News & Updates

18 April 2024 • High Performance

Top of the Cropp

Jonah Cropp enroute to the national 10,000m track race walking title in Wellington. Credit: (Alisha Lovrich)

Teenage race walker Jonah Cropp has enjoyed a record-breaking 2024. Ahead of his appearance at the 2024 World Athletics Race Walking Team Championships on Sunday we chat to the Cantabrian about his outstanding year and hopes for the futures.

From Norman Read through to Craig Barrett and more recently the accomplishments of Quentin Rew and Alana Barber, New Zealand has long held a rich walking tradition.

And with New Zealand sending a promising five-strong team to the World Athletics Race Walking Team Championships in Antalya, Turkey on Sunday the quintet featuring teenage talent Jonah Cropp appear well equipped for future success.

The 18-year-old Christchurch-based athlete has enjoyed an outstanding domestic campaign carving huge chunks from his PBs to set national U19 and U20 on the track records over the 3000m, 5000m and 10,000m distance.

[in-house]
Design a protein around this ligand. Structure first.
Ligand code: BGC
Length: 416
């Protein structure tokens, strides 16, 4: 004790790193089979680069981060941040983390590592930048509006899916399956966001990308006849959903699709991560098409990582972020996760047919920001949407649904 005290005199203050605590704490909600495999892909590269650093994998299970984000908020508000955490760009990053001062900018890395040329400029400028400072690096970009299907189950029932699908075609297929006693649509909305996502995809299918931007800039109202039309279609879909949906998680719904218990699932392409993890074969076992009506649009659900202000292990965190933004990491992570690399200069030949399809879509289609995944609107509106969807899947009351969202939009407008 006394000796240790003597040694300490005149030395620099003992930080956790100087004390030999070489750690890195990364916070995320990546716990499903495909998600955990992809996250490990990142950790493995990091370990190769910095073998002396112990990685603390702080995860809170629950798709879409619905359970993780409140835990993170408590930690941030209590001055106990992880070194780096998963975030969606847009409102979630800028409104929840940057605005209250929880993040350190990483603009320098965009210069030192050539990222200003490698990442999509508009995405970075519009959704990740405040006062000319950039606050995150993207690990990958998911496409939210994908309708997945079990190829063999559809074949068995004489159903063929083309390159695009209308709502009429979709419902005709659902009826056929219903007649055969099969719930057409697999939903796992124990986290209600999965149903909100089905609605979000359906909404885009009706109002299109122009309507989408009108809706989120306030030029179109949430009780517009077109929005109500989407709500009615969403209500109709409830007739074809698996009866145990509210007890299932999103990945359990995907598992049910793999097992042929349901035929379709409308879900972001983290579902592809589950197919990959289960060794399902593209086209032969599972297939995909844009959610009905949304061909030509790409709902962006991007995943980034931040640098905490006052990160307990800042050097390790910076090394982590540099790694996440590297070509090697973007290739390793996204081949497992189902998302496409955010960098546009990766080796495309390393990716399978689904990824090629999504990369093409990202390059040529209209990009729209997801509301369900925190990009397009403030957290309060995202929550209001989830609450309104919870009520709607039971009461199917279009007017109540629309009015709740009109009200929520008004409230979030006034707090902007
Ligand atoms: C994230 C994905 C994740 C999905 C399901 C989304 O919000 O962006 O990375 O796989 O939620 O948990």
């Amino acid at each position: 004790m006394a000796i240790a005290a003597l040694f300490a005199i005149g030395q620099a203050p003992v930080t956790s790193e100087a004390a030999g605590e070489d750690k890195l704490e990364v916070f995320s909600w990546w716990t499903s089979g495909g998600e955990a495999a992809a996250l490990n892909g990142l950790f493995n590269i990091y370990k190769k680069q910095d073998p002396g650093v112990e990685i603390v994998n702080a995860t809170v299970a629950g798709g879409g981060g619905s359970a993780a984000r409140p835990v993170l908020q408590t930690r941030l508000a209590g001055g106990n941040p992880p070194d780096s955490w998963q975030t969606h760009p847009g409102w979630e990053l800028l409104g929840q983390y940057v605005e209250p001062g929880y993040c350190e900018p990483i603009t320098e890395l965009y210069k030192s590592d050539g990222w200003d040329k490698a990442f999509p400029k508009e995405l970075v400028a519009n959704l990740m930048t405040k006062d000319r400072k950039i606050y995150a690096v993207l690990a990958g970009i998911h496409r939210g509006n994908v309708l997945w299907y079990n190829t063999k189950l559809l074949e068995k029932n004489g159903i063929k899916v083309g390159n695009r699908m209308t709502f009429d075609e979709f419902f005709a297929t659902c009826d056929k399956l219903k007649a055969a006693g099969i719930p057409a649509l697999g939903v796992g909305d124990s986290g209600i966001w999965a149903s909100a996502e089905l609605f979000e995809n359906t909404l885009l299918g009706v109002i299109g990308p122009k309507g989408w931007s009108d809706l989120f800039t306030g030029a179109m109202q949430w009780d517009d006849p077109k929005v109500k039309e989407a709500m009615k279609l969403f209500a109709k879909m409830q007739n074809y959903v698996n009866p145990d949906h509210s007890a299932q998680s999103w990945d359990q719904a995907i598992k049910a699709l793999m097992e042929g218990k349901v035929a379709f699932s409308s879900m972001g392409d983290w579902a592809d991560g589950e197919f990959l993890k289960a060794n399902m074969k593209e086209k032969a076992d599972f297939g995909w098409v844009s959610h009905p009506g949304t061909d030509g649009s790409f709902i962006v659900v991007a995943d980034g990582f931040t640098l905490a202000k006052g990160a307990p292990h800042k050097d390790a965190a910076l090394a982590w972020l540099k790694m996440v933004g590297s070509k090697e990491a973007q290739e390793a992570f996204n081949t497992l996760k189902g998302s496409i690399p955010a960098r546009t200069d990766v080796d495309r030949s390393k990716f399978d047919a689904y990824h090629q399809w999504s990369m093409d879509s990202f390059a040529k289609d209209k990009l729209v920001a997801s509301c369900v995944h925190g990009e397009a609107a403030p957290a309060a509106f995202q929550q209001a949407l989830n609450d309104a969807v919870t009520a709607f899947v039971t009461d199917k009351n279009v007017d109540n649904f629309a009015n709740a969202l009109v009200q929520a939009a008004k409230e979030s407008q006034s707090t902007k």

While domestically Jonah has excelled, Sunday will see the national U20 3000m and 10,000m track walk champion take the next step in his race walking development when he lines up in the U20 10km race in Antalya against the best global race walkers in his age group.

“My legs are feeling stronger than ever, and I’m looking forward to Turkey,” adds Jonah, a psychology student at the University of Canterbury. “I’ve only ever seen most of these guys, like the top Asian and European race walkers on TV, so it will be great to finally see them in action.”

Taking up the sport at the age of eight, Jonah admitted he initially struggled to find his calling. Too skinny to throw far and lacking the speed to keep up with the leading sprinters in his age group he discovered race walking at the age of ten.